Fraud involving a card that is not physically present is known as CNP (Card Not Present) fraud.
The most typical forms and methods of CNP fraud include Internet and smartphone sales, phone payments, scanning, and evaluation.
Since the transaction is completed through an online mode, merchants are unable to personally authenticate that the individual is who s/he claims to be.
Hence, it’s crucial to obtain as much data as possible about your consumers to reduce risk.
Acquiring user data, examining user actions, and identifying dubious CNP transaction details can help in CNP fraud detection and prevention.
Using IP (Internet Protocol) address identification, device fingerprinting, or social media search, this information should be improved.
9 Guidelines to decrease CNP fraud
It’s critical to comprehend the ideal strategies for safeguarding your company against CNP fraud because culpability frequently rests with merchants, payment service providers, or the victim’s financial institution.
To assist you in identifying genuine customers and fraudsters, there are several contemporary solutions.
1. Gather all the client information you can
In general, it is better to get more consumer information. This is valid for card transactions, branding, and sales, as well as, the prevention of bank fraud.
Using the same data that enables you to verify user IDs or contest a dispute, you can drive sales, boost cross-selling, and optimize segmentation.
The basic information categories you ought to compile are:
- Inbox address
- The CVV (Card Verification Value) code from a bank card
- Payment address
- Information pertaining to the registration device
- IP address
- Call-in number
There are now three primary interfaces where you can collect that data: during user registration, signup, and at that point where bank card payments are accepted.
While it is required of you to adhere to the latest SCA (Strong Customer Authentication) practices, there is still a lot of information you can gather. User gadgets, contact numbers, and email accounts can be quite helpful in weeding out malicious entities at the very least, proving they’re problematic users.
Refusing questionable transactions that might be blatant instances of CNP fraud is made simpler with the more information you gather about a person.
The main problem here is gathering data without putting the customer through too much hassle, which might reduce conversions and revenues.
2. Request further authentication
You must have all the information necessary at this point to categorize users, depending on their risk levels. It’s essential to minimize the risk by requesting additional authentication information.
When we read these tips for reducing card not present fraud, we learned that the above process is referred to as light and heavy KYC (Know Your Customer). You can implement rigorous authentication procedures when you have reached your threshold. This implies that legal customers will experience the least amount of friction when making purchases, but potential CNP criminals will find it more difficult to circumvent the requirements.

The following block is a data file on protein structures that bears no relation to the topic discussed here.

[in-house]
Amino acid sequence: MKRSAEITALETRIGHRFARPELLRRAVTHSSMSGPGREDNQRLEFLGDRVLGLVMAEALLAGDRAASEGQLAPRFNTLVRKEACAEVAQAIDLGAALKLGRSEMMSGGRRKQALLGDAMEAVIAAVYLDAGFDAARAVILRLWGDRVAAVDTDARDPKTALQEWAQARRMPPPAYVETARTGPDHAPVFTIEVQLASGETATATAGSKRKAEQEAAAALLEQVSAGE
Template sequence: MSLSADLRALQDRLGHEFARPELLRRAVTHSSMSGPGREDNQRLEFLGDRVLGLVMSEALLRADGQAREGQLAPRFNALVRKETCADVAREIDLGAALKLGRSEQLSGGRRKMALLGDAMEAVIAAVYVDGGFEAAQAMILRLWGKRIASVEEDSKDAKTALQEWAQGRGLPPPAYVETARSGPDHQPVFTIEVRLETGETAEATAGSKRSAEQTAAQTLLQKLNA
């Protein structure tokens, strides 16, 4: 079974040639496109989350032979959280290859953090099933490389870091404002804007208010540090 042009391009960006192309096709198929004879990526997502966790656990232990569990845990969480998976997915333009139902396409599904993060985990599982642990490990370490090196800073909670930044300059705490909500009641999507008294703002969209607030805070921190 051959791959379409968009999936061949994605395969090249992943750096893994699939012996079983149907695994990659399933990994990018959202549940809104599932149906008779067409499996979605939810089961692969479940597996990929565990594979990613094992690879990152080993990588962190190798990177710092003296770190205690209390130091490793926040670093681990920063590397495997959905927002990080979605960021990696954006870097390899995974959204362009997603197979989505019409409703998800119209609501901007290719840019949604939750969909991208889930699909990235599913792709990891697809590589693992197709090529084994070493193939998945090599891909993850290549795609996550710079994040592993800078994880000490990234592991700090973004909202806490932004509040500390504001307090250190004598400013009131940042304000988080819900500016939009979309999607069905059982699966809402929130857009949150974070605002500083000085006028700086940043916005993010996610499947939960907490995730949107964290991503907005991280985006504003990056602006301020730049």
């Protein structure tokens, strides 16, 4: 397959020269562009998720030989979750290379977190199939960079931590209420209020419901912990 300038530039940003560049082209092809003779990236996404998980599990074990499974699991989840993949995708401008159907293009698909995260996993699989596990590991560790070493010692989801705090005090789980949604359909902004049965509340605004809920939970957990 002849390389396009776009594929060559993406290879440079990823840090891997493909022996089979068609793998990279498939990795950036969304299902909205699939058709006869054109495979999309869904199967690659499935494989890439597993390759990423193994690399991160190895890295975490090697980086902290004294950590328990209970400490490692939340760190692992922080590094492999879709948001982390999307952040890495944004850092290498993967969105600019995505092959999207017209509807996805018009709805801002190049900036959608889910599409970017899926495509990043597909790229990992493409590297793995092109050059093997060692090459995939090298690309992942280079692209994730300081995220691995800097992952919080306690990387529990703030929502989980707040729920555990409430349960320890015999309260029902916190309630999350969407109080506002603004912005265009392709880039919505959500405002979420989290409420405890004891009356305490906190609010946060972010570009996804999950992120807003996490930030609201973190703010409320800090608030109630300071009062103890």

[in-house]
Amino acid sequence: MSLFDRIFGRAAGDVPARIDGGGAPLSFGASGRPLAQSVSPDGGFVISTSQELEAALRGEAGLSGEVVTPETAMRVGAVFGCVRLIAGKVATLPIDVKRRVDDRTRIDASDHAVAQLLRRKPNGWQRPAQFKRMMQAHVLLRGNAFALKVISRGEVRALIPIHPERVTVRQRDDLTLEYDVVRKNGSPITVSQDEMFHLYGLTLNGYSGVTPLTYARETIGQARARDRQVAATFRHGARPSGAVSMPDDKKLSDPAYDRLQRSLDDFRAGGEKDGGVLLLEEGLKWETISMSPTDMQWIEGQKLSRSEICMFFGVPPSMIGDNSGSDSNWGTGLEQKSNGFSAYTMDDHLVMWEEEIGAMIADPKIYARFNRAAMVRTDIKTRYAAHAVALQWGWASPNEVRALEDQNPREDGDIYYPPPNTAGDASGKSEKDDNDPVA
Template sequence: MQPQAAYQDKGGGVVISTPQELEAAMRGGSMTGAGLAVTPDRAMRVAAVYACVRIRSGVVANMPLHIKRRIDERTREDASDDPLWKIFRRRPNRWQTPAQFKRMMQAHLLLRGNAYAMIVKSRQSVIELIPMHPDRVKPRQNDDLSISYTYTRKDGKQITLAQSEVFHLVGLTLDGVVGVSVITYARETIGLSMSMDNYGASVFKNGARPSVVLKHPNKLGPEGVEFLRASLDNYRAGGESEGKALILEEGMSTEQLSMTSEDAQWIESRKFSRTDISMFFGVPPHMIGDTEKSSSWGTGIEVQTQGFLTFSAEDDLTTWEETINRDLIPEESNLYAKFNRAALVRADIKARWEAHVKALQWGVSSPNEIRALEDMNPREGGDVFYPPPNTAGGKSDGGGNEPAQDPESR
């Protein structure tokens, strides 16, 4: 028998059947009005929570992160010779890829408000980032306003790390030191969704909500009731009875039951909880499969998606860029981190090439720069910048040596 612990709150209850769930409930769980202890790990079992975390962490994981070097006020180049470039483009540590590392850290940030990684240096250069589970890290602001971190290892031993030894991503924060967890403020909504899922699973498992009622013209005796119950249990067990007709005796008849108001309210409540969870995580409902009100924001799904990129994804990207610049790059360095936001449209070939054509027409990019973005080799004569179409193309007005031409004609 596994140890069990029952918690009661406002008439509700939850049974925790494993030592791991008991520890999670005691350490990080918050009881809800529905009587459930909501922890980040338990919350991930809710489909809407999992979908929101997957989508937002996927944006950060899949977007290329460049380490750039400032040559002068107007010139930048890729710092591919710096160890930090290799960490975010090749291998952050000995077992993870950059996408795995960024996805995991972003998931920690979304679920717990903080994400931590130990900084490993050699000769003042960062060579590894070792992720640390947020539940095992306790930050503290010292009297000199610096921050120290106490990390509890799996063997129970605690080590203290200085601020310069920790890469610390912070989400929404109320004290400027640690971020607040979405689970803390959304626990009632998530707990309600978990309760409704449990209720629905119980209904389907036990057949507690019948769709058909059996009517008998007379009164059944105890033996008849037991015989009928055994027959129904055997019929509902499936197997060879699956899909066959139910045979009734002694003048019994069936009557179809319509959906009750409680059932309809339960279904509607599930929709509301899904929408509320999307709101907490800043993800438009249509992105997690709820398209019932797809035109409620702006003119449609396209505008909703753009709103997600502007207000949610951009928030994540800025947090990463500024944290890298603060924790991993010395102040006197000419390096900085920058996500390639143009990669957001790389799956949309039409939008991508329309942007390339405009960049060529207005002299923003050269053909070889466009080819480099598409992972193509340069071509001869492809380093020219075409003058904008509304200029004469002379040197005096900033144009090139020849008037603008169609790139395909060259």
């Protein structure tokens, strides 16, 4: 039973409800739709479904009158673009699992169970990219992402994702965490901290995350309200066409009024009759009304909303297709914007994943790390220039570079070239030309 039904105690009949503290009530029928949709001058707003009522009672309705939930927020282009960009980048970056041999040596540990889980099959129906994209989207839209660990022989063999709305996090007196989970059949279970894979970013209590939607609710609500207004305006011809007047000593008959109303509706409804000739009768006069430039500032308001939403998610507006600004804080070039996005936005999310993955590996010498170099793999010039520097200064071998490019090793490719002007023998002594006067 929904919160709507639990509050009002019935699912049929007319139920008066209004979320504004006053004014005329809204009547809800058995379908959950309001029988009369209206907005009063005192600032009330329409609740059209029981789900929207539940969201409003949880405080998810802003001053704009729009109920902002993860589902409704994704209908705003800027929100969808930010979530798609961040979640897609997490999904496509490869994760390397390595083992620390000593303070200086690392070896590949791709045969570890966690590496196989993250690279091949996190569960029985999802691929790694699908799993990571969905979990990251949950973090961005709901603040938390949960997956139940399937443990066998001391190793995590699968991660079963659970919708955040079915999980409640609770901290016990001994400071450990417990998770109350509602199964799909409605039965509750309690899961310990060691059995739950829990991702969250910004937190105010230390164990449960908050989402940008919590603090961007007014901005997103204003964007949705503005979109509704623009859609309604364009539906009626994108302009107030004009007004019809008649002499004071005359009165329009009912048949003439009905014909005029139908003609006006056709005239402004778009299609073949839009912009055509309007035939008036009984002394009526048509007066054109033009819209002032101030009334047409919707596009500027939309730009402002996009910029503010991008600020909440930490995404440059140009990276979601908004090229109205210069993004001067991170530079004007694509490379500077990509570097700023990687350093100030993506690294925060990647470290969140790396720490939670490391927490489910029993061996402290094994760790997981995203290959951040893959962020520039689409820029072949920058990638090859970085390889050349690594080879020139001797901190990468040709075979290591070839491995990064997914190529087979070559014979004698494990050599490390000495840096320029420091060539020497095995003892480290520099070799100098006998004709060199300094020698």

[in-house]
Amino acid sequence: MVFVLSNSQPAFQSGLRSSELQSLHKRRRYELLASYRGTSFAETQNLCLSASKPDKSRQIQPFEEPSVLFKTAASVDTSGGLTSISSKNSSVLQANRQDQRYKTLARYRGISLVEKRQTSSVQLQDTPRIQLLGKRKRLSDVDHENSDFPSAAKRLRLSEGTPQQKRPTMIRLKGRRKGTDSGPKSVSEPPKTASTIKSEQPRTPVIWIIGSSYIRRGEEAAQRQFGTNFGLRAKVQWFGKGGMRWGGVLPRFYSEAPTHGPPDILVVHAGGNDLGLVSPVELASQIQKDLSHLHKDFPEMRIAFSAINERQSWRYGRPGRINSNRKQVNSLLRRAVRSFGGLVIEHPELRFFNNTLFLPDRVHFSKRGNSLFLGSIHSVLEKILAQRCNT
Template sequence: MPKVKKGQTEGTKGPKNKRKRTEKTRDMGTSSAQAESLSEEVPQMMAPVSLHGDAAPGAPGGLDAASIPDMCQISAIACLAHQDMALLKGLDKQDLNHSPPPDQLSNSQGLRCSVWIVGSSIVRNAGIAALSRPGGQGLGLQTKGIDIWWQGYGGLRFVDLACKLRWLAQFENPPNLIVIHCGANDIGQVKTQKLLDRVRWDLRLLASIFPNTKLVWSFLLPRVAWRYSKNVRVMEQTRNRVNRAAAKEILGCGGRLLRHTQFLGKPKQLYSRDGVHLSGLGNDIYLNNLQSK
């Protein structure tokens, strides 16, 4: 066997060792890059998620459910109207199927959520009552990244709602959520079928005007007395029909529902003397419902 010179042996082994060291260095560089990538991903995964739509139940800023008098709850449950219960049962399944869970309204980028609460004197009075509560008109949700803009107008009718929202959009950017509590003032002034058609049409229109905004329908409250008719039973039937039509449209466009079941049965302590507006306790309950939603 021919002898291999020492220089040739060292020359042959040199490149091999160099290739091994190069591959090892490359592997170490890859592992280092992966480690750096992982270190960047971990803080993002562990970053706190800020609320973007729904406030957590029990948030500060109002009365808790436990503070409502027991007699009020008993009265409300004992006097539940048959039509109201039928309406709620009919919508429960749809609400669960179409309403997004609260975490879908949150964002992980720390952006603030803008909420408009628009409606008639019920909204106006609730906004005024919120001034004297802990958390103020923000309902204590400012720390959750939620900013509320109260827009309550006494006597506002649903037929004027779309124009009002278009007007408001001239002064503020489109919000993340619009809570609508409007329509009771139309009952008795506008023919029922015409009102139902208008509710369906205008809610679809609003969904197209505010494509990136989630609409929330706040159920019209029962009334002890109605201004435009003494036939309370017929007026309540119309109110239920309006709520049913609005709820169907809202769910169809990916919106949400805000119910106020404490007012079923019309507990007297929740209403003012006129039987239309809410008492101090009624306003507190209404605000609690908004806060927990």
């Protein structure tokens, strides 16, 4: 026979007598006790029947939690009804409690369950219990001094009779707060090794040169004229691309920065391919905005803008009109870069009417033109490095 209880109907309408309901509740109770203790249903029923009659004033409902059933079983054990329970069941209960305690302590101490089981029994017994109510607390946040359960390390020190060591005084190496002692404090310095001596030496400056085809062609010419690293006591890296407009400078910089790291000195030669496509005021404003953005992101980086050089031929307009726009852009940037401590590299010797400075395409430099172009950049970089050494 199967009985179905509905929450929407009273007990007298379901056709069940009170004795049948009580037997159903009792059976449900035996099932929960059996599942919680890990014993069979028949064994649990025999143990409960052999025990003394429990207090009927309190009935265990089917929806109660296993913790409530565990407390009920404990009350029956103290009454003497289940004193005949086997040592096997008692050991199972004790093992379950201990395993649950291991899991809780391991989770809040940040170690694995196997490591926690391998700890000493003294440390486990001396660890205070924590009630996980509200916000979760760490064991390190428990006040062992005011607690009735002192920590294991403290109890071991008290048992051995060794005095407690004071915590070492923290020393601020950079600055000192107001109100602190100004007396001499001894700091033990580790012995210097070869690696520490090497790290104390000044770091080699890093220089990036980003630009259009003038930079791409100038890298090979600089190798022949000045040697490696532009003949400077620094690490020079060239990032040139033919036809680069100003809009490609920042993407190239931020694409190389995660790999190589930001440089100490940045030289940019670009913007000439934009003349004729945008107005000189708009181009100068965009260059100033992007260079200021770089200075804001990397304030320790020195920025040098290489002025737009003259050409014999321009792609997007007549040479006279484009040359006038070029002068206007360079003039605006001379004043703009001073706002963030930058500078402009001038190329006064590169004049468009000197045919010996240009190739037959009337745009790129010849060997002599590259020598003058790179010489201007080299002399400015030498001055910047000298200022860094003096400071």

While using both mild and severe KYC to stop CNP fraud, you must strike the ideal mix between thorough and superficial KYC. In reality, you should start by allowing simple KYC capabilities, such as email analysis, IP analysis, and device fingerprinting.
You can then activate extra authentication procedures like ID (Identification) verification, 2FA (Two-factor Authentication), or credit card preauthorization – if you discover enough cause for concern.
By alerting fraudsters that you are suspicious, you keep your customers satisfied and deter CNP fraud. However, without the proper framework, automating flexible KYC at scale can be difficult.
3. Use data augmentation
After reading the first and second advice, are you wondering, “How can I gather additional information without causing friction?”
Augmentation of data is the solution. It makes sense that these solutions are now utilized by both banking firms and eCommerce companies. Simply said, it is a technique that employs one data checkpoint to gather information from outside sources.
For example, a user’s email address may be utilized to register for social accounts after analysis.
Similar to this, you can check a mobile number to see if it’s a smartphone or landline and its location is in which nation. All these information aids in identifying unusual disparities.
The best part is that, with the correct tools, this can be completed almost rapidly and without any further verification from the users.
Data enrichment could be concealed from the cardholder, lowering the risk without impeding the correct clients too much.
The main difficulty is synthesizing data from logical sources and recent, open-source databases. For example, by adhering to GDPR (General Data Protection Regulation) standards and connecting an email account to the customer’s active social media profiles.
4. Utilize the best practices for data protection
You must still safeguard the consumer’s credit card data even while they aren’t beside you.